The food at this month's wine dinner had a French theme, matched to Bordeaux wines. In the time that we've been attending these dinners at the Rose & Crown - about 18 months - they have improved so much! The food is good, the matches are good and the service is smooth. Just about all you could ask for at £30 a head really.
The appetiser was Scallops Gratinee, served with a 2007 Chateau La Freynelle Sauvignon Semillon. The presentation was very appetising - a shallow gratin dish with a bed of spinach and 4 extremely plump scallops for us to help ourselves from. There is something very cosy and hospitable about getting to serve yourself family-style in a restaurant. The bechamel was subtly seasoned so it didn't detract from the sweet scallops and it wasn't too rich either, which was a good thing given what was still to come. The wine - a blend of semillon, muscatel and sauvignon blanc - was perfect. Very light, very crisp and yet not so sharp that it jarred against the mellow scallops. A great start to a meal.
As the next course we had another shared dish - a whole baked camembert to share. Don't your arteries just harden at the thought? The cheese was topped with a puree of wonderfully caramelly baked garlic and came with just the right number of fingers of garlic foccacia to spread it on. The 2005 Chateau des Gravieres Collection Prestige merlot/cabernet stood up to this surprisingly well. I would have expected the wine to feel a bit thin after the mouth-coating richness of the melted cheese, but it had sufficient butteriness to stand its ground.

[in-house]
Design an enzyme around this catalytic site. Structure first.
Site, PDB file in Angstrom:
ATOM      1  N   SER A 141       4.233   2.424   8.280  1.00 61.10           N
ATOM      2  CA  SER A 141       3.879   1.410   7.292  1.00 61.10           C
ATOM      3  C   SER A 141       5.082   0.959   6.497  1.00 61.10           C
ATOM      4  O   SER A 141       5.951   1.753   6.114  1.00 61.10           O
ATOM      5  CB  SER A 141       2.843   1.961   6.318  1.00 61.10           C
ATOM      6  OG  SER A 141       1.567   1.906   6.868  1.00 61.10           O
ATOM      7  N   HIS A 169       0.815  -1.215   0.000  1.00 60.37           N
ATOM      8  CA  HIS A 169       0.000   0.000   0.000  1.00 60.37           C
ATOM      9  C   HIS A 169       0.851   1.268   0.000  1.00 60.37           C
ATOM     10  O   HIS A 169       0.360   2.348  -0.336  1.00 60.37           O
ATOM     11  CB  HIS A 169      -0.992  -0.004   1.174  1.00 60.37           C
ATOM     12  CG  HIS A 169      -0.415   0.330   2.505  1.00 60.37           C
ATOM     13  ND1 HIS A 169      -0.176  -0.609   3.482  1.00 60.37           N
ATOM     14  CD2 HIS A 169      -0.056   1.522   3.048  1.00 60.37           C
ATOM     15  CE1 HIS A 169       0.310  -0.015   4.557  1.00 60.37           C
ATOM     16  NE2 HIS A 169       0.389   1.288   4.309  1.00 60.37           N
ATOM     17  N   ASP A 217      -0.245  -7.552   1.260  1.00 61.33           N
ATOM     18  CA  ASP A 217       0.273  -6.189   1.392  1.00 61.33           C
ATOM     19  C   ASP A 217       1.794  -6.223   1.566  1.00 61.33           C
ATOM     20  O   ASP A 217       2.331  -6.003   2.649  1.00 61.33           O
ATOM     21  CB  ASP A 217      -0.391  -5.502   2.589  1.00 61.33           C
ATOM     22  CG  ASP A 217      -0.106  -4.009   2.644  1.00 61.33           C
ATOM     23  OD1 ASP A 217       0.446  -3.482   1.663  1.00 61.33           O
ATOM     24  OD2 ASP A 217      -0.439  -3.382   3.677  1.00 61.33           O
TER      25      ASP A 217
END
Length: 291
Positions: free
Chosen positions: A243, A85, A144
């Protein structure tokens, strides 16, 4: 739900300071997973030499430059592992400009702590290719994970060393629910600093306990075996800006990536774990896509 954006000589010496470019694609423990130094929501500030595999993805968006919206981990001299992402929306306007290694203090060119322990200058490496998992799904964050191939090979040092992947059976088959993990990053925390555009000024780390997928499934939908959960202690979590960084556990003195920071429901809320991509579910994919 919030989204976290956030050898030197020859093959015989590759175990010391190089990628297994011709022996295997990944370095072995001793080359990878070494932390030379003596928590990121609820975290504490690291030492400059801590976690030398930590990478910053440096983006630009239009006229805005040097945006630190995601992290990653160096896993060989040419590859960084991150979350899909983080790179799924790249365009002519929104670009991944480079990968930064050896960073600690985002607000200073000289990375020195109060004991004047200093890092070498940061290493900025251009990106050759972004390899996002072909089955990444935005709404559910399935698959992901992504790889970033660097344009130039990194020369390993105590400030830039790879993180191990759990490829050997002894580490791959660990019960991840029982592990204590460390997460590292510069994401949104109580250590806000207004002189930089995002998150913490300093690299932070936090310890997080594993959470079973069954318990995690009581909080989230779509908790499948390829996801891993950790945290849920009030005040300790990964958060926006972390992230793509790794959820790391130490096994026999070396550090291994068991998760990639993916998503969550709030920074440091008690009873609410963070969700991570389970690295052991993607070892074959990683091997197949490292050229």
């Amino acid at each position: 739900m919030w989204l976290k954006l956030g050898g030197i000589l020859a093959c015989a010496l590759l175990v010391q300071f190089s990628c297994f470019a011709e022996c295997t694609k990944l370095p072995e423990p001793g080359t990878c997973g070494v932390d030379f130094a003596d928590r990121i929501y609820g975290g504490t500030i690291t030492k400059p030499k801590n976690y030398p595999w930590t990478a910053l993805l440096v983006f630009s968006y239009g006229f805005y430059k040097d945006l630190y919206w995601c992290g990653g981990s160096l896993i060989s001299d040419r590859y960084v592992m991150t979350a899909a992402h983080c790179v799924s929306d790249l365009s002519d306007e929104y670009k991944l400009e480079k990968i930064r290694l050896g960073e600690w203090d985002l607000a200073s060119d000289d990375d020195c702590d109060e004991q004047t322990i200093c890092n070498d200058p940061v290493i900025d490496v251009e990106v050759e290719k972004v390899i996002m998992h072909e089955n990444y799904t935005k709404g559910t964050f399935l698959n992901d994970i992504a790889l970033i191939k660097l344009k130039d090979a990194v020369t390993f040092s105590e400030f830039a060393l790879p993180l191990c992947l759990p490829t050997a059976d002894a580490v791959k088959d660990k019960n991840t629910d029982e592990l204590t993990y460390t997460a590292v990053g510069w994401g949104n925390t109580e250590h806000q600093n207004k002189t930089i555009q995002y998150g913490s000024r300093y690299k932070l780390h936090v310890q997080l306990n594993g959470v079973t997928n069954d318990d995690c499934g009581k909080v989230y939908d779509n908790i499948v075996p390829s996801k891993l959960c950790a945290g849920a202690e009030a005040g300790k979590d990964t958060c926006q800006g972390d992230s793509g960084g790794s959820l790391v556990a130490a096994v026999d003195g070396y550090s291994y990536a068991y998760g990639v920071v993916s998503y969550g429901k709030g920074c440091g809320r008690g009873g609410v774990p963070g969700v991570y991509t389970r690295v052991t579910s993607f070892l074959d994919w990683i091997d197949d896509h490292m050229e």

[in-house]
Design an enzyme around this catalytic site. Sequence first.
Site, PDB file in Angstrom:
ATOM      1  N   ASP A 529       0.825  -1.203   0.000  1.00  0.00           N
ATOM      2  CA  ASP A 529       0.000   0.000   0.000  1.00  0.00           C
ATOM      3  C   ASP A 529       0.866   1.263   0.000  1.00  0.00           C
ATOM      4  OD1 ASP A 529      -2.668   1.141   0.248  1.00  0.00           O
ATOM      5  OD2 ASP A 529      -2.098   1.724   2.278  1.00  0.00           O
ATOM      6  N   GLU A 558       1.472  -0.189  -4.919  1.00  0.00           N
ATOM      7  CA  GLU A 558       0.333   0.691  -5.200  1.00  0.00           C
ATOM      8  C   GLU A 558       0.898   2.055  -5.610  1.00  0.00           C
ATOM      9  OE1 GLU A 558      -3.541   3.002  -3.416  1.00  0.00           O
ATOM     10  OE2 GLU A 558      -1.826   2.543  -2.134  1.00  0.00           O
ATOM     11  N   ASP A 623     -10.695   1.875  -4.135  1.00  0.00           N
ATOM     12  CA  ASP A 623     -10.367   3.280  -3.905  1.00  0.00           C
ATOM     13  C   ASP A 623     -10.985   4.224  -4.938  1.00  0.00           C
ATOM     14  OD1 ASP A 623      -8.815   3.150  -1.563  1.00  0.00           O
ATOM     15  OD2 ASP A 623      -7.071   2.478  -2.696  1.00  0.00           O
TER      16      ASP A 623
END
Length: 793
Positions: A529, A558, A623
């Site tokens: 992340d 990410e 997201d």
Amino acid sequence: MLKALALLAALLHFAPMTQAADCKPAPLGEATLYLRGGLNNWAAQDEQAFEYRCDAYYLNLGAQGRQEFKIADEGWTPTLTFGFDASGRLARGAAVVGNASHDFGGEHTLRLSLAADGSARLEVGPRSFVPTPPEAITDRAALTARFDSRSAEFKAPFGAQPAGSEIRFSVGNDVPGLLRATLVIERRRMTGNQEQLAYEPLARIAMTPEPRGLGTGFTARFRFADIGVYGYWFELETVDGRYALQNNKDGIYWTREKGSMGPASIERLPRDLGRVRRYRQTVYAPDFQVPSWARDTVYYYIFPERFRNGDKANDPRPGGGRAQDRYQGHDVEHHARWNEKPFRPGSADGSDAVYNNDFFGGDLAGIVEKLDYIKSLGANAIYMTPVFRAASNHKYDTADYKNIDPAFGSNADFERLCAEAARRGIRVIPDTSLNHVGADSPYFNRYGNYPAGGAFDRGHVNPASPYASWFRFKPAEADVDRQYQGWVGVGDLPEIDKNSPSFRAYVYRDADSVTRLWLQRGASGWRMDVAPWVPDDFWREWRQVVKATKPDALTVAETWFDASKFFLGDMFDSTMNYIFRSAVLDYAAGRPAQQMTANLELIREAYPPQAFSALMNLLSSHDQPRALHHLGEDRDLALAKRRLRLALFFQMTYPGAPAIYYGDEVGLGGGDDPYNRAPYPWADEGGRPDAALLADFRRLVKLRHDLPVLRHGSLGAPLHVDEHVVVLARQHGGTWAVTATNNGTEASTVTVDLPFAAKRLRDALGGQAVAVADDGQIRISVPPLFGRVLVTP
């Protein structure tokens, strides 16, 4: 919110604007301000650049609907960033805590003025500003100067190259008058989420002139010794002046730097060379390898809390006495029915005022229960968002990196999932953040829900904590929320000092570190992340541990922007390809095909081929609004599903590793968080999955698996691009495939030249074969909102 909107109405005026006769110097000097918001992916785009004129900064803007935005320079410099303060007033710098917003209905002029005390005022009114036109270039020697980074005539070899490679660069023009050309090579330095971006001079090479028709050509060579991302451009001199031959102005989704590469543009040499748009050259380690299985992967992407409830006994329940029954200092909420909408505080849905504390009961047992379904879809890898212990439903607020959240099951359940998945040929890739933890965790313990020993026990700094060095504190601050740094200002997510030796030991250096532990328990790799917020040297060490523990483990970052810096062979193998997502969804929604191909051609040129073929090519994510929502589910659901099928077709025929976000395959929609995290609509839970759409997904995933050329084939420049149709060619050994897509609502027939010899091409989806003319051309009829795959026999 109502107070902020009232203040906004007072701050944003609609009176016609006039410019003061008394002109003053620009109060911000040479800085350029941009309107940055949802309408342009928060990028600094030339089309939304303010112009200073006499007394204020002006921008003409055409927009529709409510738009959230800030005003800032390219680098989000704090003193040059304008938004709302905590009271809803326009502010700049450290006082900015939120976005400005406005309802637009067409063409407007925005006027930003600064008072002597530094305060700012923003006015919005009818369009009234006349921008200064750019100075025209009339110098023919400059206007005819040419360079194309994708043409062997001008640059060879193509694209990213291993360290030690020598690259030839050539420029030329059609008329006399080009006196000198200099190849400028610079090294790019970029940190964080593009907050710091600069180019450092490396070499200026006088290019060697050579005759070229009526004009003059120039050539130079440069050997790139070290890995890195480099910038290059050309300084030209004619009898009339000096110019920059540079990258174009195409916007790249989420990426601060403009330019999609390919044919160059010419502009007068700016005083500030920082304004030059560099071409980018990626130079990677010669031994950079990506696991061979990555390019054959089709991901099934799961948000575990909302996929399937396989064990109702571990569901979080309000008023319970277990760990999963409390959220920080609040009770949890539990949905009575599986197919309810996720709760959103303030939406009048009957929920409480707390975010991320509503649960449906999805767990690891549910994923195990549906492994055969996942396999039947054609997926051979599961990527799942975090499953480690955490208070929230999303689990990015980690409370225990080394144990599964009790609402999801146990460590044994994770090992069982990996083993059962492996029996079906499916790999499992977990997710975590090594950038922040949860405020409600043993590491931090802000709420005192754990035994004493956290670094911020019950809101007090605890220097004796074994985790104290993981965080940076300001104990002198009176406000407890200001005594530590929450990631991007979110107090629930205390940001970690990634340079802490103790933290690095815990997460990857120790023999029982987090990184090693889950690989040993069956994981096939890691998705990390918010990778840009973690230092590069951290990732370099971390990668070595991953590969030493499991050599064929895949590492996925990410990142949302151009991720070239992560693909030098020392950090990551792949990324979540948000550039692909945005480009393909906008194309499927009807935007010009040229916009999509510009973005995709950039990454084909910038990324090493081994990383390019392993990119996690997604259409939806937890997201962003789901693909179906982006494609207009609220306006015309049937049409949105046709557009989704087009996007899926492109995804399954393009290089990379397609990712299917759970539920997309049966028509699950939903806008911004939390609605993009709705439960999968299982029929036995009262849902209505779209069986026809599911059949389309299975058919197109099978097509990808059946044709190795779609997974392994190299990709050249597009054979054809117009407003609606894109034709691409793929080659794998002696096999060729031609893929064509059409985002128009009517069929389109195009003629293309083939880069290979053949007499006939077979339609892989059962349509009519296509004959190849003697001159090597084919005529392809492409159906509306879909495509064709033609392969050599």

The main course photographed horribly, so I spared you. It was boeuf bourguignon with potato gratin and green beans. Now to my mind, if you are making a beef stew, it really has to be shin. You need a cut of meat with quite a lot of connective tissue that is going to melt during the slow cook and lubricate the meat. In this stew the flavour was wonderful but they had used too lean a cut, so although the meat was spoon-soft, it was quite dry on the tongue. The 2006 Chateau Pey La Tour Reserve served with it (another merlot/cabernet blend, but in a very different style) was again just the thing for the dish.
For dessert, a tarte tatin with vanilla icecream was accompanied by a 2005 Clos Dady Sauternes. My mother (sometimes with help from me) has been known to serve tarte tatin with Chateau d'Yquem, so I know what a magic combination it can be. This was good (but not as good as hers). I insist that puff pastry has no place in a tarte tatin - it must be a rich shortcrust - and if you have done the caramelising right the combination of butter, sugar and apples needs no other adornment. It really is a dessert that is better made at home. I think the apples for this had been poached in a spiced syrup - which was very good, but not as luscious as the way we do it.
Amazingly I could still walk after all that, but I was quite glad to walk out into the cold night air to wait for a taxi.
We're missing the next dinner - Champagne on New Years Eve - but we're booked for the one after that at the beginning of February. I am looking forward to another great year of wining and dining!